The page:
Endogenous estradiol is associated with verbal memory in nondemented older men

Molly E. Zimmerman, Richard B. Lipton, Nanette Santoro, Daniel S. McConnell, Carol A. Derby, Mindy J. Katz, Khosrow Baigi, Rachel Saunders-Pullman

Research output: Contribution to journalArticlepeer-review

22 Scopus citations


This study examined the relationship between endogenous hormones and cognitive function in nondemented, ethnically-diverse community-dwelling older men enrolled in the Einstein Aging Study (EAS). All eligible participants (185 men, mean age = 81. years) received neuropsychological assessment (Free and Cued Selective Reminding Test (FCSRT), Logical Memory (LM), Trail Making Test B (TMTB), block design (BD)) and provided blood samples for hormonal assays (total estradiol, total testosterone, calculated free testosterone index). Linear regression analysis adjusted for age, education, body mass index, and cardiovascular comorbidities indicated that men with high levels of total estradiol demonstrated better FCSRT verbal memory performance (β=. 0.17, p< 0.02) compared to men with lower levels of total estradiol. The results remained unchanged when the model was further adjusted for ethnicity. We did not detect an association between testosterone and cognitive performance. These findings indicate that high levels of total estradiol in older men are associated with better performance on a cue-based, controlled learning test of verbal memory that is a sensitive predictor of dementia.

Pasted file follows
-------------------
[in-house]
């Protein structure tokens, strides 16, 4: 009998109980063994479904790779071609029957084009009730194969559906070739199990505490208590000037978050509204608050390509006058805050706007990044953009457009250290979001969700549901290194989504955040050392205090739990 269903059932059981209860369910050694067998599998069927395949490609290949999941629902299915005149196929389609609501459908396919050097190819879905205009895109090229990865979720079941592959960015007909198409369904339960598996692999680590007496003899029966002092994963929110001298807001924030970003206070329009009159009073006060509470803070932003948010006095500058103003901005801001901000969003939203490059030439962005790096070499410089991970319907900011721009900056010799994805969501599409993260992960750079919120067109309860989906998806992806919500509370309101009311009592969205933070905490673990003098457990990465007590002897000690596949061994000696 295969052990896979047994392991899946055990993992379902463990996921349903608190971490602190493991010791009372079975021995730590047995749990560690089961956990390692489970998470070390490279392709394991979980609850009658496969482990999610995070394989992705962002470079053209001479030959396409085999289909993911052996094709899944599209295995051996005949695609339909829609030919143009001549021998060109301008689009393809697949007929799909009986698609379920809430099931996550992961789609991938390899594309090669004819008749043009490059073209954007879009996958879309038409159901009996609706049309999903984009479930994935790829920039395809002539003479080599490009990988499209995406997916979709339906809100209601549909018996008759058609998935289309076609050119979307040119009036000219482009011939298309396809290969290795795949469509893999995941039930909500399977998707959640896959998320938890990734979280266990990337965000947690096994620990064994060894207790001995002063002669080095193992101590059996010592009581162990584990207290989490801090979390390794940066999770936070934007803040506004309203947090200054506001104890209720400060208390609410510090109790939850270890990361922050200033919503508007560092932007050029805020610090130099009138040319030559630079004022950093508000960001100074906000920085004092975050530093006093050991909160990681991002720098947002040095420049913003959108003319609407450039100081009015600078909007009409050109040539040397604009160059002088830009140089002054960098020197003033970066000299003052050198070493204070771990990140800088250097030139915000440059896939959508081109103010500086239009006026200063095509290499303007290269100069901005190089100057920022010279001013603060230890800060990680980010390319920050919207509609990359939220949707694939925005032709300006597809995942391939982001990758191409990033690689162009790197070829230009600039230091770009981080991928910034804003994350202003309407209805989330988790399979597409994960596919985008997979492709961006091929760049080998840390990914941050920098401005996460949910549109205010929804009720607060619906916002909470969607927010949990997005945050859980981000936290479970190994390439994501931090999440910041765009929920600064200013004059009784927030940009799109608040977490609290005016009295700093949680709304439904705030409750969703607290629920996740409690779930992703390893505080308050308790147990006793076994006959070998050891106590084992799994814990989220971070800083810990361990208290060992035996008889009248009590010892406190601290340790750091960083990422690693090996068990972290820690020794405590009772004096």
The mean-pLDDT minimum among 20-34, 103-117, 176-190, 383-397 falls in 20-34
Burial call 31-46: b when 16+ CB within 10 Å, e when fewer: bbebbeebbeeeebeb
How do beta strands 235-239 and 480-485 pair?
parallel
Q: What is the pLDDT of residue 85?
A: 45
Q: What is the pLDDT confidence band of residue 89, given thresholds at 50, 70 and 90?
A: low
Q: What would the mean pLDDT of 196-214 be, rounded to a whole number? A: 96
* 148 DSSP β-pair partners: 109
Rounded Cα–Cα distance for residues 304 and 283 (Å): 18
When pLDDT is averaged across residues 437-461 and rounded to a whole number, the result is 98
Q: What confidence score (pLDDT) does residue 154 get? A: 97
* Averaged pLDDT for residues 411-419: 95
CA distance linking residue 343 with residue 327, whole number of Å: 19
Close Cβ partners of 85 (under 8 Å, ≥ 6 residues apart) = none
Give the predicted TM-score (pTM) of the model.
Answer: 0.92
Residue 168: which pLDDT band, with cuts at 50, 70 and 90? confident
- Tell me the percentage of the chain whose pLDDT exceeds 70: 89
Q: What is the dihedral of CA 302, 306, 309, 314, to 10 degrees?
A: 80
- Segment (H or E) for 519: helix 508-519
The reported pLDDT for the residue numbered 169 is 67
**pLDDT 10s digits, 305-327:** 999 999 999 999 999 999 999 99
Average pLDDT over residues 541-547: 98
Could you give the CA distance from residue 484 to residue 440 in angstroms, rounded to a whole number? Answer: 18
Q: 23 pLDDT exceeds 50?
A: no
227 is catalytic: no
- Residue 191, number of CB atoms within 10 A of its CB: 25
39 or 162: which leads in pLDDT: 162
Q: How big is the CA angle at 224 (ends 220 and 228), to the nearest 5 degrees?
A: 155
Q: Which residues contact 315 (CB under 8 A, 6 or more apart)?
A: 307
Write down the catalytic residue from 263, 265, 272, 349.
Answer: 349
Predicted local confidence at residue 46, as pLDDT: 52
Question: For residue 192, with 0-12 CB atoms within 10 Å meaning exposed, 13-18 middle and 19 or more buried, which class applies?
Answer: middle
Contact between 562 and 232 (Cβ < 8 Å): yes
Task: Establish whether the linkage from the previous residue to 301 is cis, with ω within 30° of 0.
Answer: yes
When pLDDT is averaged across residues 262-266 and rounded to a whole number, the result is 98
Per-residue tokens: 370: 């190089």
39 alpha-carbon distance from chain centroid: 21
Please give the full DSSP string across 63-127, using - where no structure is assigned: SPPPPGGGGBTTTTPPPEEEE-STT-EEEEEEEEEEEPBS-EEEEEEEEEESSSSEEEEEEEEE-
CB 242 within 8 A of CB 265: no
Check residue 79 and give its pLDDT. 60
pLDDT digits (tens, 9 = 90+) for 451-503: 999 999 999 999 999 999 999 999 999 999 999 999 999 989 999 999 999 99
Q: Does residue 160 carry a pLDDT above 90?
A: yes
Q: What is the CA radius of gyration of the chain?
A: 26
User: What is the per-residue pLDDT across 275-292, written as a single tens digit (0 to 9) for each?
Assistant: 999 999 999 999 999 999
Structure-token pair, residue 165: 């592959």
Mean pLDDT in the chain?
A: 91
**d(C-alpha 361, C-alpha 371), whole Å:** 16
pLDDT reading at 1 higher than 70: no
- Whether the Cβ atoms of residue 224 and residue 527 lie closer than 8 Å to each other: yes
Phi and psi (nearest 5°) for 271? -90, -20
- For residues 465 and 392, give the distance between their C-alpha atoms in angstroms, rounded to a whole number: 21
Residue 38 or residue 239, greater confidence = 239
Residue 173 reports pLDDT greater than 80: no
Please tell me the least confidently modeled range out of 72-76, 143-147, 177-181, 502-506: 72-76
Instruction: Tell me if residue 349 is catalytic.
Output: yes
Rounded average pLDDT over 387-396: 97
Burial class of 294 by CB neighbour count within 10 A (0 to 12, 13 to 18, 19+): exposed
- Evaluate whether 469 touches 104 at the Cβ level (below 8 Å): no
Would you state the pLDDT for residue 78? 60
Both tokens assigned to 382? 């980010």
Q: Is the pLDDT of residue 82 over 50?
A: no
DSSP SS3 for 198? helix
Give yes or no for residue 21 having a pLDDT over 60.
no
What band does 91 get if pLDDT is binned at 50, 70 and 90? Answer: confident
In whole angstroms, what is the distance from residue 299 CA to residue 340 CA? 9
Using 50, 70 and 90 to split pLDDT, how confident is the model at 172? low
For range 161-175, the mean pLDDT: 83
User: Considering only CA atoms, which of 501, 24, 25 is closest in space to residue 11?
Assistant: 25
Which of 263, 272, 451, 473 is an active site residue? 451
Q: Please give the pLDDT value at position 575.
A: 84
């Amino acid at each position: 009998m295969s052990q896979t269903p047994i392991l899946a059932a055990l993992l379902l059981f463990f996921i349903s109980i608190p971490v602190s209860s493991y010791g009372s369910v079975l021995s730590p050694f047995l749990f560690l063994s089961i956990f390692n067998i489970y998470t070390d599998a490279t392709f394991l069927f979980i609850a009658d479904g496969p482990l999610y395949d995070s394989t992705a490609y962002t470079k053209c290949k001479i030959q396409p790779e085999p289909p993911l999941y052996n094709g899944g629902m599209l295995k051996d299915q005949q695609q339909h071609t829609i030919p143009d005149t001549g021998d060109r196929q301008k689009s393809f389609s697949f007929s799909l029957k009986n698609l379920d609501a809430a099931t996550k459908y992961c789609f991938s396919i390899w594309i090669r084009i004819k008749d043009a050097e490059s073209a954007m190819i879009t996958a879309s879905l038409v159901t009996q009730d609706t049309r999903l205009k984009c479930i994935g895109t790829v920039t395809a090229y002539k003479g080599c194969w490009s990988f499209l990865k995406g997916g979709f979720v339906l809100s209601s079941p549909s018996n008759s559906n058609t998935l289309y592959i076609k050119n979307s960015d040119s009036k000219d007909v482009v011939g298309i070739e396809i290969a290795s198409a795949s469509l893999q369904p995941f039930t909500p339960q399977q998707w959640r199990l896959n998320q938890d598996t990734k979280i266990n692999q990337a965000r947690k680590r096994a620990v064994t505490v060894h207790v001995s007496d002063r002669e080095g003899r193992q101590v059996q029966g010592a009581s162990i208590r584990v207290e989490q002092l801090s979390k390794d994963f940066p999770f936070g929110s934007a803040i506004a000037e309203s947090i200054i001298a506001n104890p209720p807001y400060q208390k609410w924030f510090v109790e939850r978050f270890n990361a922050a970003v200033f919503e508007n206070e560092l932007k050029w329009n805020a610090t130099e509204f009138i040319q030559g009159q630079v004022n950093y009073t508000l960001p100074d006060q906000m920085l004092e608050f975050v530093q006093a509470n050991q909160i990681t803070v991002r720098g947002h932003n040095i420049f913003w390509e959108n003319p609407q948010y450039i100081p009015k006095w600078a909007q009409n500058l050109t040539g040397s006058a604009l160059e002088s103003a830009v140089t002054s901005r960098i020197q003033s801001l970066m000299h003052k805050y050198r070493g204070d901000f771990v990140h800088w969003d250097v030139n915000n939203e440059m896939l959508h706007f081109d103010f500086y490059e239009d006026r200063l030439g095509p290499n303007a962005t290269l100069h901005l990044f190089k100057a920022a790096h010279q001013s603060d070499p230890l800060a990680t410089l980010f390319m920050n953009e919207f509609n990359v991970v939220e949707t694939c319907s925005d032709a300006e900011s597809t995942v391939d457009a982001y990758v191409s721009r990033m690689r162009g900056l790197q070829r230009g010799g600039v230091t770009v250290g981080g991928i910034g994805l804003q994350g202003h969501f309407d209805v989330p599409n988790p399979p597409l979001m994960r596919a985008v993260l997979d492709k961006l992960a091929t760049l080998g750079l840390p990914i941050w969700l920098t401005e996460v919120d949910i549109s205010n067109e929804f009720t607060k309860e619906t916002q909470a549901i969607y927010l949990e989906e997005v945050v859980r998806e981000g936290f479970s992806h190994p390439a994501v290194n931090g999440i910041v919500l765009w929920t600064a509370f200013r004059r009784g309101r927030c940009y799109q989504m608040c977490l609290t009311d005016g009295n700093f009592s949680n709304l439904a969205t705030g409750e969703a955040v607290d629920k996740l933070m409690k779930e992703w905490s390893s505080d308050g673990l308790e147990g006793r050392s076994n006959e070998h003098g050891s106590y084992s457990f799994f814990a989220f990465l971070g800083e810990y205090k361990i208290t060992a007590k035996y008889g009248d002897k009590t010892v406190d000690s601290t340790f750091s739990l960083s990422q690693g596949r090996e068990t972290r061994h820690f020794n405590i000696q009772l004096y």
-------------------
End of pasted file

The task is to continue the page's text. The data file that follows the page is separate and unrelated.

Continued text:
Original languageEnglish (US)
Pages (from-to)158-165
Number of pages8
JournalBrain and Cognition
Issue number1
StatePublished - Jun 2011


  • Aging
  • Cognition
  • Estradiol
  • Hormones
  • Memory
  • Men
  • Older adults
  • Testosterone

ASJC Scopus subject areas

  • Neuropsychology and Physiological Psychology
  • Experimental and Cognitive Psychology
  • Developmental and Educational Psychology
  • Arts and Humanities (miscellaneous)
  • Cognitive Neuroscience


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